Lab+Life Scientist Jan 2016

Page 30


Chemical design

without metals

Biaryls are molecular compounds of two aromatic rings directly joined by a carbon-carbon bond. When functionalised, or altered, these biaryls (phenyl-phenyl, naphthyl-phenyl, thienyl-naphthyl and more) become highly selective, reliable and customisable catalysts, said Professor Kürti, whose research uses biaryls as catalysts to develop novel single-enantiomer compounds. Enantiomers are asymmetrical molecules found among organic compounds. Like left and right hands, their structures are mirror images that cannot be superimposed on each other. These twins can have radically different effects — one beneficial, one not — as they interact with enzymes, proteins, receptors and even other chiral catalysts. Pharmaceutical companies want to make drugs that contain only the helpful enantiomer. Currently, single-enantiomer compounds are synthesised as building blocks for drugs, agricultural products and functional materials. But synthesising one particular enantiomer with precision and high efficiency is hard, especially via trial-and-error approaches that to now often require transition metal catalysts. “For enantiomer preparations, you need

Rice University scientists have synthesised dozens of smallmolecule catalysts — tools that promise to speed the making of novel chemicals, including drugs — without the use of transition metals. Their research has been published in the journal Angewandte Chemie.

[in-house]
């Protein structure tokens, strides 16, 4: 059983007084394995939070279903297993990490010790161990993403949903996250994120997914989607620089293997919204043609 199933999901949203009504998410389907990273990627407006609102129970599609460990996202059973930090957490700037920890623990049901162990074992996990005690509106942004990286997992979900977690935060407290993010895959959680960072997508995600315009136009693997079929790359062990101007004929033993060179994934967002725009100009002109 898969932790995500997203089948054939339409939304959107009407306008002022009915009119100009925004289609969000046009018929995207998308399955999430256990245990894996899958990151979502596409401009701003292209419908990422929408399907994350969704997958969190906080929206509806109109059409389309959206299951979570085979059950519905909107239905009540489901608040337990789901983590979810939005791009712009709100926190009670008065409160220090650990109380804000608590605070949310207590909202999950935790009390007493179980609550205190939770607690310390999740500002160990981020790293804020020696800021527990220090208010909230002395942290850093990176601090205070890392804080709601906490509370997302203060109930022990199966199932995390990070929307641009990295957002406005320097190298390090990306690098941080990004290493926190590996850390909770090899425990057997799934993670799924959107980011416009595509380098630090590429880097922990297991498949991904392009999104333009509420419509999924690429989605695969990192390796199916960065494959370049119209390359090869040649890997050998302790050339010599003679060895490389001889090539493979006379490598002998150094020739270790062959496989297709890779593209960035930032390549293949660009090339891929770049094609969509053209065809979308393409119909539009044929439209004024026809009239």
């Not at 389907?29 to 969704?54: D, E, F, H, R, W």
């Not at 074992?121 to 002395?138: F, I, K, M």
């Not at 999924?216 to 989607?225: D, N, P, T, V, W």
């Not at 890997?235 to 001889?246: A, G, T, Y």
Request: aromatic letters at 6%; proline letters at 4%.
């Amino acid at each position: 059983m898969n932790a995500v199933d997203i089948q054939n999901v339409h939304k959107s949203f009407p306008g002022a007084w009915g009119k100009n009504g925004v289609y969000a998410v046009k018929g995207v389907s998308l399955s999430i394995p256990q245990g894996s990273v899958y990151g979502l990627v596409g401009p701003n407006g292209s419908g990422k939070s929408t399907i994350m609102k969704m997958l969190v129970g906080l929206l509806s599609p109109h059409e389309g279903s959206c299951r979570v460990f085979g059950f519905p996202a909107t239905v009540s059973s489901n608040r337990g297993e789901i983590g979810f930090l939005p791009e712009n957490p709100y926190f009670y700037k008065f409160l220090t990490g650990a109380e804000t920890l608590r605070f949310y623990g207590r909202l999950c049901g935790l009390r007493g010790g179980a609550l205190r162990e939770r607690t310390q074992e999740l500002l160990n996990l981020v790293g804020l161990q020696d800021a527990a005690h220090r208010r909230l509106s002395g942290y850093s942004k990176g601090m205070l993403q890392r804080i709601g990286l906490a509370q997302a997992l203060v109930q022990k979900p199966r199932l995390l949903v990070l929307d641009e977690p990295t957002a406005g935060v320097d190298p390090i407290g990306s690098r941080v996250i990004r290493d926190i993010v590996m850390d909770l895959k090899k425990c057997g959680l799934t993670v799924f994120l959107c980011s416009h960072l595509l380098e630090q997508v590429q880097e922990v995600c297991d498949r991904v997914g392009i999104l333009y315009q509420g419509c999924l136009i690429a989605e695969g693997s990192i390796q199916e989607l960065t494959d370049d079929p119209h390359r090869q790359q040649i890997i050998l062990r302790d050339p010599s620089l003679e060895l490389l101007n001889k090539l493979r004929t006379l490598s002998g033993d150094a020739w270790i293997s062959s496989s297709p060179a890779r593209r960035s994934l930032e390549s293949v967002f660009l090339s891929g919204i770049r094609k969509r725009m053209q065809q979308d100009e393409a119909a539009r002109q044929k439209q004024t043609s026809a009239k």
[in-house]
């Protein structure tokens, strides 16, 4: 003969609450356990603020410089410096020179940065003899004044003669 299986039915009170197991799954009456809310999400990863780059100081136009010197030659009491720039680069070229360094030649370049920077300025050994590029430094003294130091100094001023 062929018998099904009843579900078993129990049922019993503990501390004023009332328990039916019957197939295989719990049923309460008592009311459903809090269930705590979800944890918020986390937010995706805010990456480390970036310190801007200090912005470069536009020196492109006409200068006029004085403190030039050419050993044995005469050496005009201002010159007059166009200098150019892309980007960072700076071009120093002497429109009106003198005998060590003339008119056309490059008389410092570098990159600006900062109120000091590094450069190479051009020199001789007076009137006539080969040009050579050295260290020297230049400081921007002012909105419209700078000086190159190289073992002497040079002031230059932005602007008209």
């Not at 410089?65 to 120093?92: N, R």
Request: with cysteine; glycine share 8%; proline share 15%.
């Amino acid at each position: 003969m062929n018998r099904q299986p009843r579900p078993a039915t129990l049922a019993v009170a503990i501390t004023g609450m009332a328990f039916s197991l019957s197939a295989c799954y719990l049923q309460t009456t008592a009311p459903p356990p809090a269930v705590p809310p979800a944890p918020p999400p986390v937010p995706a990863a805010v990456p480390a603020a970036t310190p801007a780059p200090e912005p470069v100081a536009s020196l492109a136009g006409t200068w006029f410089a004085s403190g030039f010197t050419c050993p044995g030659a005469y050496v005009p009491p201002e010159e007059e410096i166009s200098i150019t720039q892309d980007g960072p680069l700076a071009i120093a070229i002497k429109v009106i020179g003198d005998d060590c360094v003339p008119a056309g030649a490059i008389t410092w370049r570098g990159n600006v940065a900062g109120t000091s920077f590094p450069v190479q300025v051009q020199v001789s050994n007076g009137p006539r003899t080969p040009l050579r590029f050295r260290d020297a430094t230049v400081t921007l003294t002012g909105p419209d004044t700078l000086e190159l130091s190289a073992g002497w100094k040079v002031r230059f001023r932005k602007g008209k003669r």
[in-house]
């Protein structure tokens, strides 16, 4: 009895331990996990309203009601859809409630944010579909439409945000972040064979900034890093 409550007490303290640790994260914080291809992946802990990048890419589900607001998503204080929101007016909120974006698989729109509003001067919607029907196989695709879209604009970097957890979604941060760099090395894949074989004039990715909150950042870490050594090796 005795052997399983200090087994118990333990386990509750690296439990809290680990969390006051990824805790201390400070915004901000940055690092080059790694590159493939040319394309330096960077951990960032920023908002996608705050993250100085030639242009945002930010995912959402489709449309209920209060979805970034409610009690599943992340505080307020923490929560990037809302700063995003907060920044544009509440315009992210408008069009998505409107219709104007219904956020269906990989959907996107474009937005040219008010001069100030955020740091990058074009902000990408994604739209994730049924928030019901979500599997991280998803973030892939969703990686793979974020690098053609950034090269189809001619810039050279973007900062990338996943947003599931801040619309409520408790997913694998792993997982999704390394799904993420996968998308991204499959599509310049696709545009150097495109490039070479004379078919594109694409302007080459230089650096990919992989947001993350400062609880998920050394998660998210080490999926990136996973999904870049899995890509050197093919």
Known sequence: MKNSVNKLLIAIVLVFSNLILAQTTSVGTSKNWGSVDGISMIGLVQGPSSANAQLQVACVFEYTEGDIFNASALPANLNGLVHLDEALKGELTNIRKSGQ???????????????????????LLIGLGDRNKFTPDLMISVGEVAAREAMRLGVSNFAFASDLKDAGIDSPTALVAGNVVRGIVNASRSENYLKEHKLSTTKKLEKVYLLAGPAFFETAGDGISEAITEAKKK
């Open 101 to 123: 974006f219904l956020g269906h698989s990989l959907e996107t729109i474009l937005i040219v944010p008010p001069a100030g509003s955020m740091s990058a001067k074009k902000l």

catalysts,” Professor Kürti said. But transition metals, commonly used in catalysis, are expensive and can leave toxic residues that need to be removed before the compound can be used in clinical trials. The Rice lab’s simple, cost-effective way he work took place in the lab of

to make chiral-functionalised biaryls not only

Professor László Kürti, where he and his team made

eliminates the need for transition metals, but can

elusive chiral biaryl compounds in a single-flask

replace many steps in the synthesis process — some

process that does not require the use of conductive

of which can take days or weeks. The lab combined

metals such as titanium, iron, nickel, silver,

readily available compounds, including quinone

copper, palladium and gold. The biaryls are called

monoacetal and naphthol, to make functionalised

organocatalysts because they catalyse chemical


reactions without metal ions, thus simplifying chemical processes to synthesise new molecules.

“This is a major advance,” Professor Kürti said. “Using these building blocks, we made 41 different chiral biaryl compounds in a relatively short time. “The functionalised chiral biaryls are really versatile compounds. You can use them outright as organocatalysts or complex them with transition metals to make new transition-metal catalysts. So the possibilities are unlimited. Moreover, these compounds can be used as building blocks en route to natural products with biaryl substructures in them.” He said the biaryls lower the barrier to inventing and making new chemical compounds, with potentially huge implications. “This will certainly find its way into drug discovery, making agrochemicals and many other fine chemicals,” Professor Kürti said.

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